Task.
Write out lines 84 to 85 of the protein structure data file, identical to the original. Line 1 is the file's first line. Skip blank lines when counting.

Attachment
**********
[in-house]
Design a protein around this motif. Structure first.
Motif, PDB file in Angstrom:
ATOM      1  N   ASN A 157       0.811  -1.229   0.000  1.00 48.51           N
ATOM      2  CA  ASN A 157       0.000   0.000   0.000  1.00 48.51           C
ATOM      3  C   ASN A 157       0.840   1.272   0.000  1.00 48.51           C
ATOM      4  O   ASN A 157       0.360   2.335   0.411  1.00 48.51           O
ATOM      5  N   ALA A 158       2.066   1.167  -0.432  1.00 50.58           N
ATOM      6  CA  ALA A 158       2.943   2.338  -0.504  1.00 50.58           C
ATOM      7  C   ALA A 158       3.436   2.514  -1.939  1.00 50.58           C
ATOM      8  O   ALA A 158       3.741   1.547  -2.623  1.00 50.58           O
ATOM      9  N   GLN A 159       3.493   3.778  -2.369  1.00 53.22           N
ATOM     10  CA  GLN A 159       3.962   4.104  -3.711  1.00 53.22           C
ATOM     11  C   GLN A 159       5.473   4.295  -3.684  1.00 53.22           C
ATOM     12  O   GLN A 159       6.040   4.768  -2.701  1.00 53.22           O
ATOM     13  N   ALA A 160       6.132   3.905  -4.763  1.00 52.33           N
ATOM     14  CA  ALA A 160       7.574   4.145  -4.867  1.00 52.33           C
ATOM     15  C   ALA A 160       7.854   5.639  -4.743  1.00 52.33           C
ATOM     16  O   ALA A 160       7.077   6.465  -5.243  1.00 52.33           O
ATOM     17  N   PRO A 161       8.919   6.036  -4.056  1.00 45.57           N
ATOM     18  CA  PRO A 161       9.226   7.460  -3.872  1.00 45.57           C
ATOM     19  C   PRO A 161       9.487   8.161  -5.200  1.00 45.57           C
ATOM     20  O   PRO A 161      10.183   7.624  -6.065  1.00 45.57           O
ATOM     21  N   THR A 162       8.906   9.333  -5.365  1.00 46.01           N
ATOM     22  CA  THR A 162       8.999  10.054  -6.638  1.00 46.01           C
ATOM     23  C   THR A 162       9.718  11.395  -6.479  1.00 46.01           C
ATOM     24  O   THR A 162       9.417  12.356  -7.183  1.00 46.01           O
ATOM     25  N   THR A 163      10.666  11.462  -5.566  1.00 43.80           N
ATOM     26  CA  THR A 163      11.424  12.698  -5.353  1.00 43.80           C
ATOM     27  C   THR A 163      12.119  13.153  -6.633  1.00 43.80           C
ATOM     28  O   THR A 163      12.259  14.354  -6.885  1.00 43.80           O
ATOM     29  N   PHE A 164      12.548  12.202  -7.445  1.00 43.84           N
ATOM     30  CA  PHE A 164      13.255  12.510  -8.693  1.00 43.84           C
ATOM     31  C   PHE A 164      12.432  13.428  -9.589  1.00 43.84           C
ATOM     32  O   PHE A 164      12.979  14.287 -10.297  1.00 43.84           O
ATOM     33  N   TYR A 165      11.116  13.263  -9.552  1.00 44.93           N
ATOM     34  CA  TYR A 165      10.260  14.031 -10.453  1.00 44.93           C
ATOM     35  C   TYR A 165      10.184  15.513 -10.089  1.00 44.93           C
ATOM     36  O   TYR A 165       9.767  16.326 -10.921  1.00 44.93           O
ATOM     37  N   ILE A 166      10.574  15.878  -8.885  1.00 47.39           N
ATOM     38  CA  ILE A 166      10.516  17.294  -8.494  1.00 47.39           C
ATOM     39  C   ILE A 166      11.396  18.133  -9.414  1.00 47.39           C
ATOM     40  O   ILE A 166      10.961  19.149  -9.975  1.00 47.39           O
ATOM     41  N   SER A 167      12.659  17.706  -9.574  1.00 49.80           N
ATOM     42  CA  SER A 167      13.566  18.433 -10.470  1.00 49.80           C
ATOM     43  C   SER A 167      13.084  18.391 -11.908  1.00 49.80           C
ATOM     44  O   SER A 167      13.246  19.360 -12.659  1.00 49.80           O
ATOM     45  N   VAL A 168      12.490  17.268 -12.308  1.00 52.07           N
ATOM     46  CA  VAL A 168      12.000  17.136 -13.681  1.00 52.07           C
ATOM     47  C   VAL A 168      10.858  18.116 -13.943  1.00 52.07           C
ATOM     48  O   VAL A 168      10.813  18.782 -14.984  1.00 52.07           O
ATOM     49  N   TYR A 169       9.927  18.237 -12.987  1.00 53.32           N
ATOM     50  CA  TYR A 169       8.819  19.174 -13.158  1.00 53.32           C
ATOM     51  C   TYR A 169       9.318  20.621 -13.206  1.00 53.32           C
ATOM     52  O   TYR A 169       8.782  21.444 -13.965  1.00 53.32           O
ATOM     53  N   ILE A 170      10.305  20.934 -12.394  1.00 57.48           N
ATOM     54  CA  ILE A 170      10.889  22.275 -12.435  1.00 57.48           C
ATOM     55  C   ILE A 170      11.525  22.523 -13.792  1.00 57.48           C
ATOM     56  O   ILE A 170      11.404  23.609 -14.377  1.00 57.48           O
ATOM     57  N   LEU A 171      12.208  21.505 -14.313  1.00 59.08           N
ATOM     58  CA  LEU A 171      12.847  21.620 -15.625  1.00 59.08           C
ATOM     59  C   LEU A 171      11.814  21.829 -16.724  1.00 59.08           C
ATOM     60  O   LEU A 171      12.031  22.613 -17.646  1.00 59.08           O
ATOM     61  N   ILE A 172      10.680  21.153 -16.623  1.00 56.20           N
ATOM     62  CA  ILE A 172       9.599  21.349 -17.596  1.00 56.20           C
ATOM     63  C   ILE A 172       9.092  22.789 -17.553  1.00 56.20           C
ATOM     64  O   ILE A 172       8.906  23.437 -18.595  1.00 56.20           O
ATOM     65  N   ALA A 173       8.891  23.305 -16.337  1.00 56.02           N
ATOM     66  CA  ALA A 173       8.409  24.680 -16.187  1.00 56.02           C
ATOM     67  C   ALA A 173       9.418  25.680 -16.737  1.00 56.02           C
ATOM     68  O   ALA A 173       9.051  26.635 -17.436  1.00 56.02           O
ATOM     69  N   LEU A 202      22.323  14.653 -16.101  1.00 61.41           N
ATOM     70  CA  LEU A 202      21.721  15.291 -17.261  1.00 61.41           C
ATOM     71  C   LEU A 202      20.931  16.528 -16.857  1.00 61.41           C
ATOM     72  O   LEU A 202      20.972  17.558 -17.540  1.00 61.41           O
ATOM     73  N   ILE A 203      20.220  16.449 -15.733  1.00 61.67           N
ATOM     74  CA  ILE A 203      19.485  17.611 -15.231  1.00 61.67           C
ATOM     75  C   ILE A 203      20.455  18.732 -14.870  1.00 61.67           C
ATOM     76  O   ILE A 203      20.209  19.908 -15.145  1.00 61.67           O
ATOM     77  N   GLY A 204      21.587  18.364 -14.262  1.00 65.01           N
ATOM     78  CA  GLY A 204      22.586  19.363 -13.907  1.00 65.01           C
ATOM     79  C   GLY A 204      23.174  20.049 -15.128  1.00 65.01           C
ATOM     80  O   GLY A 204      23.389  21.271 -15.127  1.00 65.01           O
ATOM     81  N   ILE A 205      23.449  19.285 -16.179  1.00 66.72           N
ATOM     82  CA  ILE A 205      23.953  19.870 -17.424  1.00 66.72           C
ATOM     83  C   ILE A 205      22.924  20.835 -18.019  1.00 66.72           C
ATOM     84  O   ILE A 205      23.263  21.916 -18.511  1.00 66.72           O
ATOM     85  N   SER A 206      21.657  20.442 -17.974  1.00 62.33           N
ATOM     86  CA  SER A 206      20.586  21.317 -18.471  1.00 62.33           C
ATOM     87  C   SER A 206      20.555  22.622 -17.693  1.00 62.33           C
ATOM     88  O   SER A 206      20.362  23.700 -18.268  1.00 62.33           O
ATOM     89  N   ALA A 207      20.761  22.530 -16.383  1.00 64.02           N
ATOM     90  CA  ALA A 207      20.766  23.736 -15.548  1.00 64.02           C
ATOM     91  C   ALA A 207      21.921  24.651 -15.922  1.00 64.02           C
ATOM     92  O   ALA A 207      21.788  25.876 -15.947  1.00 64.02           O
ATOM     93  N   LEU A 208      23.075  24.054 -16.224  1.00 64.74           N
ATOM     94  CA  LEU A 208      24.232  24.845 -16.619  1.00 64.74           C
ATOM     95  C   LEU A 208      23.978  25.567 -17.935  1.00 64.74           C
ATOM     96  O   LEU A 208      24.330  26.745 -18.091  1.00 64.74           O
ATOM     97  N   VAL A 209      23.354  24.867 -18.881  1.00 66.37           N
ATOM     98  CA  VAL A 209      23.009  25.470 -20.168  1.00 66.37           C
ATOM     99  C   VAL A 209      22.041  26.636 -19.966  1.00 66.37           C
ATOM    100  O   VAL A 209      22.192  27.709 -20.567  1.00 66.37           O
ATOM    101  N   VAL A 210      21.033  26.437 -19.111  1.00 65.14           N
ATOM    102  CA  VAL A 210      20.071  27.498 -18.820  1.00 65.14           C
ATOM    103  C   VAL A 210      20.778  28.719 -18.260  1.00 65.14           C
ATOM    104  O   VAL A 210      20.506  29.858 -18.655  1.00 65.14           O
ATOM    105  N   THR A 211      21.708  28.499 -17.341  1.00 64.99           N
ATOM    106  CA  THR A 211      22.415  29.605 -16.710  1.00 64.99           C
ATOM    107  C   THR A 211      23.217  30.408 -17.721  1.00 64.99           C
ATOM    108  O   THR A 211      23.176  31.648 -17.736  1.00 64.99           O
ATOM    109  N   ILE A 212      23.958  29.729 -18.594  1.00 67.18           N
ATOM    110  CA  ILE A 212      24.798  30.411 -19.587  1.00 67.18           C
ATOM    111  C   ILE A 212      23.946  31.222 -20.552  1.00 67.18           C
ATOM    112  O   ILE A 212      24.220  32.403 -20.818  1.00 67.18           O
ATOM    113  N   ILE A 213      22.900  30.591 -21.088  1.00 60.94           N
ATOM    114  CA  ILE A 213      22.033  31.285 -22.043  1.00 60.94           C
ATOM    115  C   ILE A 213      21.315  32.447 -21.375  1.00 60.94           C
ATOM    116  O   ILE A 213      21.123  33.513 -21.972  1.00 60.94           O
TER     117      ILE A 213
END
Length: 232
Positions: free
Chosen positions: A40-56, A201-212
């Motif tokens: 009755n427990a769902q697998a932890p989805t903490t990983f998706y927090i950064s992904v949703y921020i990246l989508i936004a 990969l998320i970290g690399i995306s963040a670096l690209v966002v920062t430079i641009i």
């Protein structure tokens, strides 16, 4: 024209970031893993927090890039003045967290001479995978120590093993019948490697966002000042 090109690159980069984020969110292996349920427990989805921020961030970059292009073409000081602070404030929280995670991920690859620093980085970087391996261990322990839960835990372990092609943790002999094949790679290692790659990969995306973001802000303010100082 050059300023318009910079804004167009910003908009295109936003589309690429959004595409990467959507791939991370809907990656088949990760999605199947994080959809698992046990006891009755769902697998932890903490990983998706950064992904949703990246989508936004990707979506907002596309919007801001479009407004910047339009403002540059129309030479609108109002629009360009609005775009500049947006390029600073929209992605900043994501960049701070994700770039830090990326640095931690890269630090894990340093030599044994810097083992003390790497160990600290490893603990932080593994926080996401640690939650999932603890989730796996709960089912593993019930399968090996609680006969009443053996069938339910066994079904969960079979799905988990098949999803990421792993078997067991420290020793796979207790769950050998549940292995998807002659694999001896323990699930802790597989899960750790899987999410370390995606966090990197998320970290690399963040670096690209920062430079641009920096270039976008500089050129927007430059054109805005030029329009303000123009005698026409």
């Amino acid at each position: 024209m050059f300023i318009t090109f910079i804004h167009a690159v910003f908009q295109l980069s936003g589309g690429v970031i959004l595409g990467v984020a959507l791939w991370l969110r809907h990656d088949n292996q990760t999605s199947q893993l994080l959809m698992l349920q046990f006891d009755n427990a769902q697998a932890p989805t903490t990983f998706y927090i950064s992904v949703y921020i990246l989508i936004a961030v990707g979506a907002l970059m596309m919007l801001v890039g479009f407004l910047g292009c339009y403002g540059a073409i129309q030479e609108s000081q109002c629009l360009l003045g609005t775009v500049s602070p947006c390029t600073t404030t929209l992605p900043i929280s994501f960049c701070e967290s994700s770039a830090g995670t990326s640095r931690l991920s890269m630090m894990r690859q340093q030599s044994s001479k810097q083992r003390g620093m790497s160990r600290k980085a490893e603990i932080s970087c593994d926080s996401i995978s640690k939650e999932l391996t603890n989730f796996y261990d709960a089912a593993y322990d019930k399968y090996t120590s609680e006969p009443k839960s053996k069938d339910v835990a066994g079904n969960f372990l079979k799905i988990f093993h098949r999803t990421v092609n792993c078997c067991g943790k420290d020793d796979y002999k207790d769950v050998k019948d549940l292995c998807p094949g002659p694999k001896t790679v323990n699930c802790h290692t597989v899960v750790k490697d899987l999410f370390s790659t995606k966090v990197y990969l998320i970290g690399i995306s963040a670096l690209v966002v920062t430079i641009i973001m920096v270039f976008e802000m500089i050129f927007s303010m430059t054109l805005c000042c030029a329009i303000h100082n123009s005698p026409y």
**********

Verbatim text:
ATOM     81  N   ILE A 205      23.449  19.285 -16.179  1.00 66.72           N
ATOM     82  CA  ILE A 205      23.953  19.870 -17.424  1.00 66.72           C